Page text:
I just read an old blog by Omer G. Joel on lethality in gaming. and it made me think. I disagree with Omer that lethality is the central argument. Omer praises roguelike video games, and seems to imply that tabletop rpgs should emulate them, which is basically saying that he likes hack & slash games. In general, I don’t. I am an old school gamer (i.e. an old grumpy guy) and I agree that D&D 5e doesn’t do it for me. Pathfinder is more fun to play, but there are so many extra rules that it all gets a bit silly. But ultimately my argument with those two systems is that they simplify their worlds too much and to my thinking, cheapen the story. I’m not interested in lethality for its own sake. Sure, these are adventurers and they face horrible danger. But they are also the special ones who overcome such horrors. The victories shouldn’t be cheap or easy, but they should be victories. As a GM, creating a fantasy world gives me joy. The players’ victories usually mean that they rampage through my world. The stories we create together are the reason I keep roleplaying.
But the lethality issue is one I am currently wrestling with my own combat system. I use a hit location system (arm, leg, chest, abdomen, & head) and when an adventurer loses a limb, there’s no easy way to get it back. The players have invested a lot of emotion into those characters, and they would prefer to have some sort of fix to get back the arm or leg and continue adventuring. On my side, I’ve worked hard to create a credible world for the adventures, where the suspension of reality is not too difficult. Having Healers able to restore limbs quickly changes more than just adventuring — it implies a level of healing where health is pretty much assured, and for some reason that doesn’t sit well with me, perhaps because I also insist that players understand that combat is a bloody affair and shouldn’t be the first thing they choose.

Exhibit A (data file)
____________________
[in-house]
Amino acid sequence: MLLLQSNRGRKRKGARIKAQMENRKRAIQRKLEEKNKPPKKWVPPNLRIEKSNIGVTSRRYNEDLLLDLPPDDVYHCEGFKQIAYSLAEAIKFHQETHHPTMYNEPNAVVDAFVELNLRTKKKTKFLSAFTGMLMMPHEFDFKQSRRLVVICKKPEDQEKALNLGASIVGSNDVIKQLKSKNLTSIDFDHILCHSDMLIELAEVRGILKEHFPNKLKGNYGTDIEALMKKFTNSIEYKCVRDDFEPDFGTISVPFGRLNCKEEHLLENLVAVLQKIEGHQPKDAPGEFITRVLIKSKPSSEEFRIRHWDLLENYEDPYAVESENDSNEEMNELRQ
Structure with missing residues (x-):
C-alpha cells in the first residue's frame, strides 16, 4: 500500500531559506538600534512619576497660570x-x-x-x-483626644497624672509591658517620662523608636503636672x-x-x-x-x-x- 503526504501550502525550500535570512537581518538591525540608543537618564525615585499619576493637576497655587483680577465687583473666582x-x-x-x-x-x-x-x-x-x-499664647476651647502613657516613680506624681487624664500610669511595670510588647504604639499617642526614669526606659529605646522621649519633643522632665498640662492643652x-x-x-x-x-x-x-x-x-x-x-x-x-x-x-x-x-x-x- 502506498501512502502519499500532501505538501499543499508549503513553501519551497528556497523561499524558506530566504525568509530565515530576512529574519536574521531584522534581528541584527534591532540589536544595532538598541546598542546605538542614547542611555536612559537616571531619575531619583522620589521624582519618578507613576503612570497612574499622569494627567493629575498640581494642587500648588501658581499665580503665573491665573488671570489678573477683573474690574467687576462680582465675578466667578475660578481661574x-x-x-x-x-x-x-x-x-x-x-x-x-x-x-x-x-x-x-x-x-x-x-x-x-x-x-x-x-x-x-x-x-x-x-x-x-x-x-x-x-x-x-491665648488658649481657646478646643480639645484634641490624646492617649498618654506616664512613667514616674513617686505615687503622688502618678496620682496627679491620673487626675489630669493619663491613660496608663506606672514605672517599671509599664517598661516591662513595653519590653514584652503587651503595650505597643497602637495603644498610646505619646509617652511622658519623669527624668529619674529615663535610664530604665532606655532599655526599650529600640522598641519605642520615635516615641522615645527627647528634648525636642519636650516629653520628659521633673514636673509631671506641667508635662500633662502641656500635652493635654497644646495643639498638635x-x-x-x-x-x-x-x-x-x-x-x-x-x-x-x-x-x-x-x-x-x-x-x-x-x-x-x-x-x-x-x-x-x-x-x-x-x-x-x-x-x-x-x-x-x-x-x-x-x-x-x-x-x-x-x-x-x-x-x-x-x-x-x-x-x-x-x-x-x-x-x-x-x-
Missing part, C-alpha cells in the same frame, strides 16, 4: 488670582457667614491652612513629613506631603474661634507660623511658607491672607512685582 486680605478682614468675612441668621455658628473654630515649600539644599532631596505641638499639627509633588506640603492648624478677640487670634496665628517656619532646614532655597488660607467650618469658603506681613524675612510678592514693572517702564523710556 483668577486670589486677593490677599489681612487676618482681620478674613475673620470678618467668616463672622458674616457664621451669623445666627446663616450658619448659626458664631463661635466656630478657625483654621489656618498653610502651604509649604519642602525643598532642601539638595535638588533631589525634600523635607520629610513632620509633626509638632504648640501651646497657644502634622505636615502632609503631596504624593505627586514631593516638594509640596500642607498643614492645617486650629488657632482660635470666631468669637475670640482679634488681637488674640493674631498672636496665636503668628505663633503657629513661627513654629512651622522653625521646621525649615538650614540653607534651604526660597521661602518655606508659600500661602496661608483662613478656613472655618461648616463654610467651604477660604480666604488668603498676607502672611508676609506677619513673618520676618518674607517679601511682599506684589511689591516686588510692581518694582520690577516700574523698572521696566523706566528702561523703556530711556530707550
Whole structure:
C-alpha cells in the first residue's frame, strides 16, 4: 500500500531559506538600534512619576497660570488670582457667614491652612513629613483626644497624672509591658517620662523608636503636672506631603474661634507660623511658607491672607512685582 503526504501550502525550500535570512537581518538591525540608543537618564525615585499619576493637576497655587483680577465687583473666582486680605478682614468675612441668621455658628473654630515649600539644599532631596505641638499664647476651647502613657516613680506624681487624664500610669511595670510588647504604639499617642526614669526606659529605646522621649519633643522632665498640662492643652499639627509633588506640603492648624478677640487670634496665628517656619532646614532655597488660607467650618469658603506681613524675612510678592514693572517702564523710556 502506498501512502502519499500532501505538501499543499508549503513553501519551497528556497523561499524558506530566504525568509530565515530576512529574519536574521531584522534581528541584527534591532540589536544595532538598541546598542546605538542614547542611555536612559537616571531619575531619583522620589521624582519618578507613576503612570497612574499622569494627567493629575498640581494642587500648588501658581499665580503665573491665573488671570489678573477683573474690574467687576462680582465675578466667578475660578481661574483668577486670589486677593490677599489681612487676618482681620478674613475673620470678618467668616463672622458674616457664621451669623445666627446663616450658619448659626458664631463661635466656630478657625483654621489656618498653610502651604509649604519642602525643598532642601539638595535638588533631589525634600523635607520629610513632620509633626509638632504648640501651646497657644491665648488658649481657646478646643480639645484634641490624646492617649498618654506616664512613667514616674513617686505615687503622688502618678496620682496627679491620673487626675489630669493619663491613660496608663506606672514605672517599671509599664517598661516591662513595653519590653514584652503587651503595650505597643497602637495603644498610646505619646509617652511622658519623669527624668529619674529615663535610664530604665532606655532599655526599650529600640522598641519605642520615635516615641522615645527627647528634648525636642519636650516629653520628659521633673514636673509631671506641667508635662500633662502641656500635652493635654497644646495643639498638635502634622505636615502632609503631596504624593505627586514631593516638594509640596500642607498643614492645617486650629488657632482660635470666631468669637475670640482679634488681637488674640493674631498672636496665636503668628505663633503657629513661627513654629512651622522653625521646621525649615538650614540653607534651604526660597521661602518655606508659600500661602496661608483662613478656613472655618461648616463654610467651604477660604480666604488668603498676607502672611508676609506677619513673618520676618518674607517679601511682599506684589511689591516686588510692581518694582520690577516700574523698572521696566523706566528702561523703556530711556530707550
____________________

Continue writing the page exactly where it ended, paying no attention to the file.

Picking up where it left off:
There are a variety of magic armors that reduce lethality as players become powerful, but beginning characters can’t afford those. My wife argued that instead of cutting the limb off entirely, I could just cut it to the bone, but the whole point of the combat system was to simulate combat, and again, eliminating severed limbs strikes me as trivializing combat. I could make Healing possible but expensive or difficult, and I’d have the same problem that beginning characters wouldn’t be able to use it. That actually might not be too bad, as the effort of creating a viable character who would survive to become powerful would make the achievement more emotionally rewarding. Omer argues that as well. Or restoring a limb might be done only for a geas or quest that is undertaken. That means that limb restoration would not be assured, but would only occur if the GM allowed it. And maybe that’s the way it should be. Such restorations would become another negotiation point between GM and players, something to build a story around. It would sure be better than just telling players they couldn’t get their limbs back.
So now the question is, how should I make limb restoration difficult or expensive? My system is skill-based, but I use magical skills that have prerequisites before they can be learned. Perhaps limb restoration is only available to the very skilled? But even then, those Healers would be unlikely to not heal everyone they could. They would be like a thousand Jesus figures, walking through the countryside. Perhaps there is an expensive spell component that is needed? It seems like limb restoration should definitely be expensive but does not need to be difficult. To fit my world, however, there will be both a level of difficulty and a price to be paid. Like I said, I’m grumpy.